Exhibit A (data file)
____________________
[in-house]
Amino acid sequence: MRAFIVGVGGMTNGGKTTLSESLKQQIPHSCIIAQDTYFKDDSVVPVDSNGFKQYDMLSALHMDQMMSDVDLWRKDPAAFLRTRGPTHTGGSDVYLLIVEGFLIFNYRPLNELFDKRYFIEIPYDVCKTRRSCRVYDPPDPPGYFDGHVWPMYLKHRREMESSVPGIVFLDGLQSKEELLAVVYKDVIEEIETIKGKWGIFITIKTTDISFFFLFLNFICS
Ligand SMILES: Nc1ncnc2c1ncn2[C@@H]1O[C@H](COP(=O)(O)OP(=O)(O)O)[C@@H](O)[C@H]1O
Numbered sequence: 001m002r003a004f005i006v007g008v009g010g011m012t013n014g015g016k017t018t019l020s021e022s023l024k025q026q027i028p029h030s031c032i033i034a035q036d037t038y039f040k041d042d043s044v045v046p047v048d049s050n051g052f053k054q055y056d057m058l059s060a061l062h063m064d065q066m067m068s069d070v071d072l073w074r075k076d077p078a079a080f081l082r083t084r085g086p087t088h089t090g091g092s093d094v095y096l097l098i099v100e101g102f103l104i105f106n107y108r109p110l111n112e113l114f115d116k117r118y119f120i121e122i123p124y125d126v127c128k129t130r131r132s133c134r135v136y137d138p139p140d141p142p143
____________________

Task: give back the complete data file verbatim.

[in-house]
Amino acid sequence: MRAFIVGVGGMTNGGKTTLSESLKQQIPHSCIIAQDTYFKDDSVVPVDSNGFKQYDMLSALHMDQMMSDVDLWRKDPAAFLRTRGPTHTGGSDVYLLIVEGFLIFNYRPLNELFDKRYFIEIPYDVCKTRRSCRVYDPPDPPGYFDGHVWPMYLKHRREMESSVPGIVFLDGLQSKEELLAVVYKDVIEEIETIKGKWGIFITIKTTDISFFFLFLNFICS
Ligand SMILES: Nc1ncnc2c1ncn2[C@@H]1O[C@H](COP(=O)(O)OP(=O)(O)O)[C@@H](O)[C@H]1O
Numbered sequence: 001m002r003a004f005i006v007g008v009g010g011m012t013n014g015g016k017t018t019l020s021e022s023l024k025q026q027i028p029h030s031c032i033i034a035q036d037t038y039f040k041d042d043s044v045v046p047v048d049s050n051g052f053k054q055y056d057m058l059s060a061l062h063m064d065q066m067m068s069d070v071d072l073w074r075k076d077p078a079a080f081l082r083t084r085g086p087t088h089t090g091g092s093d094v095y096l097l098i099v100e101g102f103l104i105f106n107y108r109p110l111n112e113l114f115d116k117r118y119f120i121e122i123p124y125d126v127c128k129t130r131r132s133c134r135v136y137d138p139p140d141p142p143